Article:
Metabolic Parameters. Serum glucose levels were meaPositived by using Glucometer Elite (Bayer, Mishawaka, IN). Plasma insulin, leptin, and adiponectin levels were meaPositived by radio immunoassay kits from Linco Research (St. Charles, MO). Plasma triglyceride and total cholesterol levels were determined by enzymatic assays (Boehringer–Mannheim). i.p. glucose tolerance tests (2 g/kg) were performed as Characterized (14). Insulin sensitivity was meaPositived by injecting insulin into the abExecuteminal cavity at a Executese of 1.5 units/kg (15).

Histology. Tissues were fixed in 10% formalin, dehydrated, embedded in paraffin, and sectioned for hematoxylin/eosin staining. Images were captured by using an Olympus BX60 camera (Tokyo) at different magnifications and processed in aExecutebe photoshop (AExecutebe Systems, San Jose, CA).

RNA and Protein Preparation and Analysis. RNA and protein expression levels were analyzed by Northern and Western blot analysis, as Characterized (16).

Preparation of Mouse Embryonic Fibroblast (MEF) Cells and the Induction of Adipocyte Differentiation. Mouse embryos were carefully collected between embryonic day (E)12.5 and E13.5, and MEFs were prepared as Characterized (17). Stout accumulation was scored by determination of mRNA and protein levels of adipocyte-specific genes and by staining of lipids with Oil red O (18) (see Supporting Text for detailed methods).

Statistical Analysis. All data were evaluated with a two-tailed unpaired Student's t test or compared by one-way ANOVA followed by Fisher's t test and are expressed as the mean ± SD. A value of P < 0.05 was considered statistically significant.

Results

Generation of PPARγ2-/- Mice. To study the functional role of PPARγ in vivo, we produced a selective disruption of the PPARγ2 isofrom by using a tarObtaining vector that was designed to reSpace the initiation coExecuten and the partial exon B with the red fluorescence protein (RFP) coding sequence and the neomycin-resistance gene cassette (Fig. 1A ). RFP was driven by the PPARγ2 promoter. Embryonic stem cell clones containing the Accurate reSpacement (Fig. 6A, which is published as supporting information on the PNAS web site) were injected into C57BL/6 blastocysts. Germ-line transmission was achieved, and heterozygous (PPARγ2 +/-) mice were crossed to produce homozygous (PPARγ2 -/-) offspring (Fig. 6B). The absence of PPARγ2 expression in adipose tissue of PPARγ2 -/- mice was confirmed by RT-PCR for the mRNA (Fig. 6C) and by Western blotting for the protein (Fig. 1B ). As expected, the expression of PPARγ1 in adipose tissues and in other organs, such as colon, was not significantly affected by PPARγ2 KO, as determined by quantitative real-time PCR analyses (Fig. 1C ). Taken toObtainher, our data Display that we have successfully generated PPARγ2-specific KO mice.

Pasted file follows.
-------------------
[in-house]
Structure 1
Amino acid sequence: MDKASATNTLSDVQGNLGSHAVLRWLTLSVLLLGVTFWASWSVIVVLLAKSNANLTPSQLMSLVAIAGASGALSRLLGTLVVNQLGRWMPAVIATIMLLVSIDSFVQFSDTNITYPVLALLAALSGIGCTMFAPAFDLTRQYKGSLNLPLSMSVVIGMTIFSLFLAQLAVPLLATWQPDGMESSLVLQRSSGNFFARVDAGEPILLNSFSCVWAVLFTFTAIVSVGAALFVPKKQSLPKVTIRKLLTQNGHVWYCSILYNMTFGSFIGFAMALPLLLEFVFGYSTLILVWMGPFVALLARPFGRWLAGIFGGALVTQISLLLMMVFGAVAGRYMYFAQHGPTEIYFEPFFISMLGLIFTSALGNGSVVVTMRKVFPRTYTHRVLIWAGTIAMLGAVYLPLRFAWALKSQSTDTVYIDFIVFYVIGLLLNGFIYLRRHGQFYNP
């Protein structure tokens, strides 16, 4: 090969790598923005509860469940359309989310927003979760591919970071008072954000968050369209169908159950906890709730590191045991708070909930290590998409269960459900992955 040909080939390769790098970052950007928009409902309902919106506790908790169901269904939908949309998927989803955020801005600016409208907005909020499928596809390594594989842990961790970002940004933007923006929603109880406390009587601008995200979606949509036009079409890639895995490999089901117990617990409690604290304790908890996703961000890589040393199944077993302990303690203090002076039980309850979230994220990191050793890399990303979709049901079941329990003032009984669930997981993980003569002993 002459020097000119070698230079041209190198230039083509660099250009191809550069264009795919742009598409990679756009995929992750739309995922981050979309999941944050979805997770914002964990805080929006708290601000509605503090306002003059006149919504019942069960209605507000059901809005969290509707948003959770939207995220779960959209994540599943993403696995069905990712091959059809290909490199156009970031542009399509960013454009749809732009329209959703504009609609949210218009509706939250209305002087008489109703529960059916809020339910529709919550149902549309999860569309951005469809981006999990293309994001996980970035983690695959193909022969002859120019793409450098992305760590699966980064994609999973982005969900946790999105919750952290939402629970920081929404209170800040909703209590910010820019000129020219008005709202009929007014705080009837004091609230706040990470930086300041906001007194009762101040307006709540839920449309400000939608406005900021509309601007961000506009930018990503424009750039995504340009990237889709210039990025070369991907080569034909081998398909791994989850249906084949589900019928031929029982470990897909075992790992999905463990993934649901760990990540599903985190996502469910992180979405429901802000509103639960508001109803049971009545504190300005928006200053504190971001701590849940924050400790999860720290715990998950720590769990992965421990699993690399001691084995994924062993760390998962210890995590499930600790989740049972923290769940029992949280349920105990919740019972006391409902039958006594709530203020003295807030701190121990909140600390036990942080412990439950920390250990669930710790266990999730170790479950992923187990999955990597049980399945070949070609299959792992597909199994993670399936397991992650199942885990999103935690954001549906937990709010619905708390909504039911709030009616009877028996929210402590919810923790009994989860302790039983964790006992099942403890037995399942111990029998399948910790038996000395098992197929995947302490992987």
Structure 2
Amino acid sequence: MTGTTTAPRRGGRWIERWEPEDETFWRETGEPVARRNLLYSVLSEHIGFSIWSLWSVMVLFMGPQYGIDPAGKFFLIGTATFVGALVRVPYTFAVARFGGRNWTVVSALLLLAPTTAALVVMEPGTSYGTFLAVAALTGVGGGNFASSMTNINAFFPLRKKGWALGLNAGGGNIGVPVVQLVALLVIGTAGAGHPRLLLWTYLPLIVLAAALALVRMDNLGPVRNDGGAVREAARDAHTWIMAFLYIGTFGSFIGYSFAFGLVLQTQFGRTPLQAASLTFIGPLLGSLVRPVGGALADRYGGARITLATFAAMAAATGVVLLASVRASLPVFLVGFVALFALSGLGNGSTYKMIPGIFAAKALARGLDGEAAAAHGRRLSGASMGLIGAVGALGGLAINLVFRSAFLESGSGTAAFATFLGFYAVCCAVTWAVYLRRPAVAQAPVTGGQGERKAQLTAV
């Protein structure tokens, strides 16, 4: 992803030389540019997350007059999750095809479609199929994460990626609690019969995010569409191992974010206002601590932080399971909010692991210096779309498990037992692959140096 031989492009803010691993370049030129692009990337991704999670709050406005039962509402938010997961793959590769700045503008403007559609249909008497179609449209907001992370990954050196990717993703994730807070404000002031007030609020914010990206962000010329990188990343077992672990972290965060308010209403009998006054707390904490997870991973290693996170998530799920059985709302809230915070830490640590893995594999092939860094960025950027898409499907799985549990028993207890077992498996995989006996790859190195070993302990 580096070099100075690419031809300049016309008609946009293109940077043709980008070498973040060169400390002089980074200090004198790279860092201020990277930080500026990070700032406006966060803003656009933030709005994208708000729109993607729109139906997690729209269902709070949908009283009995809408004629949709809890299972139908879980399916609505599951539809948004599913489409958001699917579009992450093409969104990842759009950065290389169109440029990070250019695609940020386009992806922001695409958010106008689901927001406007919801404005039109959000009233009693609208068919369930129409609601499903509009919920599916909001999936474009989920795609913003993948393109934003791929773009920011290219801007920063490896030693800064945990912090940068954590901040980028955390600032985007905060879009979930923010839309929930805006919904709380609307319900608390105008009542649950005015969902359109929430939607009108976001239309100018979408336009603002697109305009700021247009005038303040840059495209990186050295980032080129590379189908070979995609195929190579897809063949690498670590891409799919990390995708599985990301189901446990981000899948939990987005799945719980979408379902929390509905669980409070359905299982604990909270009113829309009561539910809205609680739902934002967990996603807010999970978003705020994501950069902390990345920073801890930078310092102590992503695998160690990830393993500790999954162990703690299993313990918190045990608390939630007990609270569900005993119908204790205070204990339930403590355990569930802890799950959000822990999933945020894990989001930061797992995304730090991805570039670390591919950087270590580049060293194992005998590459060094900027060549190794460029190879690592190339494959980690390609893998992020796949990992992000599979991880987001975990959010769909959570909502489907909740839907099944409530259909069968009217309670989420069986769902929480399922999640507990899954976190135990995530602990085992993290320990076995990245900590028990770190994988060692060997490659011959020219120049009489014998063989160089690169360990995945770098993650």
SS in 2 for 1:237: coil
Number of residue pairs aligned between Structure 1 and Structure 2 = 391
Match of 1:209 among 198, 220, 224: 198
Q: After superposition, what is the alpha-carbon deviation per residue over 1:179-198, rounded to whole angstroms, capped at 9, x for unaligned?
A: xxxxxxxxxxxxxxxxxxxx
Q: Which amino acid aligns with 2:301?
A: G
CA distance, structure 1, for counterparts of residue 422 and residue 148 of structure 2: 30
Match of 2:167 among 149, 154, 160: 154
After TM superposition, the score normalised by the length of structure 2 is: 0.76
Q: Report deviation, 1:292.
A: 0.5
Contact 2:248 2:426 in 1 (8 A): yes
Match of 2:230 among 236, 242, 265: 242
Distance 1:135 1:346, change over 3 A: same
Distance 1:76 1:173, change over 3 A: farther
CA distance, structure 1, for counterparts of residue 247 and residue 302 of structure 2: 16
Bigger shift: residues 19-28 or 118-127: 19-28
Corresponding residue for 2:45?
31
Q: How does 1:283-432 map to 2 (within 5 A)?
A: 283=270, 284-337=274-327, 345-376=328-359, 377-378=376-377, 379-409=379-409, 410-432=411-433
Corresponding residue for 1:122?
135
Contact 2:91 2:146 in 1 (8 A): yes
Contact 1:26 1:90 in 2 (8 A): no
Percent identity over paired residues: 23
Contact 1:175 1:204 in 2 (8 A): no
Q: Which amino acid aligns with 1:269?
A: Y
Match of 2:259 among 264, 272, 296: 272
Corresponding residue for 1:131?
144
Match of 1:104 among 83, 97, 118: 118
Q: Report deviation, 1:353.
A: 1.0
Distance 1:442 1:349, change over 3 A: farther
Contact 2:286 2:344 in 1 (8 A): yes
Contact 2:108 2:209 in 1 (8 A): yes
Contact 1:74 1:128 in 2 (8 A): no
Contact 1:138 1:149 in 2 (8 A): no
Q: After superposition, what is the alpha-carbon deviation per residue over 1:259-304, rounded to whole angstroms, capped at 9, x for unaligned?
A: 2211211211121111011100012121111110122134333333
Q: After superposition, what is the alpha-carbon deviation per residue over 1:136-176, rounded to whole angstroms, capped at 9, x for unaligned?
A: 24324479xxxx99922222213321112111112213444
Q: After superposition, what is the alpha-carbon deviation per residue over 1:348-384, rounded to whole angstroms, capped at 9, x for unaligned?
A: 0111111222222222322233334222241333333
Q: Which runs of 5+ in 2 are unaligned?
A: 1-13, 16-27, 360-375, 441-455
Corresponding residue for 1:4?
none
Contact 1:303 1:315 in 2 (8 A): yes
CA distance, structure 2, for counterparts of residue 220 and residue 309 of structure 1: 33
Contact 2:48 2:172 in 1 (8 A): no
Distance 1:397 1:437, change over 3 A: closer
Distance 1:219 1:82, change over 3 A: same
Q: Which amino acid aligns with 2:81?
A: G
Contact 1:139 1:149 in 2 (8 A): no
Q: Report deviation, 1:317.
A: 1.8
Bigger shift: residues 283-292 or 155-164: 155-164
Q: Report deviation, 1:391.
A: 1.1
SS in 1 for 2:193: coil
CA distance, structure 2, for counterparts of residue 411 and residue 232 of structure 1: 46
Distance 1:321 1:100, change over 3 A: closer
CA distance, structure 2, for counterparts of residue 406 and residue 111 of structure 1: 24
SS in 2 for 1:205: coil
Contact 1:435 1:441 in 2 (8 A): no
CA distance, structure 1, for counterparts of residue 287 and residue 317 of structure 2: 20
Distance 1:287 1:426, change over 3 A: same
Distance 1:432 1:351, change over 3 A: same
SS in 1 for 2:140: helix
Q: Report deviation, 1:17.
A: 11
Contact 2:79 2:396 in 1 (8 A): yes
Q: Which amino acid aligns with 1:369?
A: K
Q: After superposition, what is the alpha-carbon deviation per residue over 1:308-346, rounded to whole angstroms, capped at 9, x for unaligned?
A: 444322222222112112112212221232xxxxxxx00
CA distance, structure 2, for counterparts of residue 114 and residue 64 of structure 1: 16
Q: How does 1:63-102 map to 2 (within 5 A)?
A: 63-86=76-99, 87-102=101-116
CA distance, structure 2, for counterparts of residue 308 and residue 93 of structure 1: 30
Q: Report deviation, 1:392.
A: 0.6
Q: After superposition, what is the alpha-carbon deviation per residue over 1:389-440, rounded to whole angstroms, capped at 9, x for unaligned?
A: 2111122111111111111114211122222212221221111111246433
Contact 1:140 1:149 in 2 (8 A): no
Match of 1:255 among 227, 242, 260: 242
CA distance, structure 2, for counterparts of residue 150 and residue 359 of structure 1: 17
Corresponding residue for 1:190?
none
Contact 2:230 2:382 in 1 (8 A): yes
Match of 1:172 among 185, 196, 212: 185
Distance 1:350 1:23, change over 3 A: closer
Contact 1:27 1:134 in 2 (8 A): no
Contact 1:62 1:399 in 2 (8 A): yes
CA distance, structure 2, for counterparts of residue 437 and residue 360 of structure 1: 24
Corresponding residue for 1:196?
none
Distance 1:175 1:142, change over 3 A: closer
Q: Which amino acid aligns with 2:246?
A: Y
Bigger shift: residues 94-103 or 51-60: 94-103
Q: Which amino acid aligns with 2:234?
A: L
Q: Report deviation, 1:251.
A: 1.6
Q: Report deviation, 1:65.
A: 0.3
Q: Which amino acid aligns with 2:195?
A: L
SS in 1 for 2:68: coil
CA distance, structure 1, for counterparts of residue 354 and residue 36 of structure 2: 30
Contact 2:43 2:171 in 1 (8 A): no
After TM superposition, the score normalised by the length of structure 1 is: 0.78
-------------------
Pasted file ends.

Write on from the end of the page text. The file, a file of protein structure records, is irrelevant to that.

Fig. 1.Fig. 1. Executewnload figure Launch in new tab Executewnload powerpoint Fig. 1.

Specific disruption of the PPARγ2 gene. (A) The structures of the enExecutegenous PPARγ gene, tarObtaining vector, and mutated chromosomes. The position of the B exon of the gene is indicated as an Launch box. H, restriction sites of HindIII; RFP, red fluorescence protein gene; PGK-Neo, neomycin resistance gene cassette driven by the phosphoglycerate kinase (PGK) promoter; DTA, diphtheria toxin-A chain gene. (B) Western blot analysis of PPARγ1 and PPARγ2 in BAT and WAT from wild-type or homozygous mice. (C) Quantitative real-time PCR was performed by using specific primers for PPARγ1, as Characterized in Materials and Methods. The RNA tested was from WAT and BAT, and colon samples were from wild-type and homozygous mice. The relative PPARγ1 mRNA levels normalized by GAPDH are expressed as mean ± SD (n = 6).

Reduced White Adipose Tissue (WAT) Mass and Lipid Accumulation in PPARγ2-/- Mice. In Dissimilarity to the embryonic lethality of PPARγ null mice (19–21), PPARγ2 -/- mice survived. There were 61 PPARγ2 -/- mice of 247 live-born progeny of the PPARγ2 +/- mice. This number of PPARγ2 -/- offspring was consistent with Mendelian inheritance. There was no evidence of gross abnormality or tumor development in PPARγ2 -/- mice up to age 24 weeks. After weaning, PPARγ2 +/+ and PPARγ2 -/- mice gained weight similarly when they were fed regular chow. The body weights of 12- to 15-week-Aged wild-type and PPARγ2 -/- littermates were indistinguishable (Fig. 7A, which is published as supporting information on the PNAS web site, n = 7–11). However, PPARγ2 -/- animals were protected against obesity induced by a high-Stout diet (Fig. 7B, n = 5–7). In addition, food intake was similar in wild-type (3.1 ± 0.3 g per mouse per day) and PPARγ2 -/- mice (3.2 ± 0.3 g per mouse per day). Of interest, the PPARγ2 -/- mice Presented an overall reduction in the weight of WAT. Compared with tissues from PPARγ2 +/+ mice, the weights of reproductive, inguinal, and retroperitoneal Stout pads had significantly decreased by 74%, 25%, and 37% respectively (Fig. 7C). In the animals fed the high-Stout diet, Stout pads in PPARγ2 -/- mice Displayed no significant changes, but these pads Displayed dramatic increases in the wild-type littermates, leading to an even more dramatic Inequity (data not Displayn). This overall reduction in adipose tissue in PPARγ2 -/- mice was observed in males and females. In Dissimilarity to WAT, other tissues, including brown adipose tissue (BAT), liver, heart, and spleen, had similar weights (Fig. 7C) and Presented no gross abnormalities when PPARγ2 -/- mice were compared with their wild-type littermates.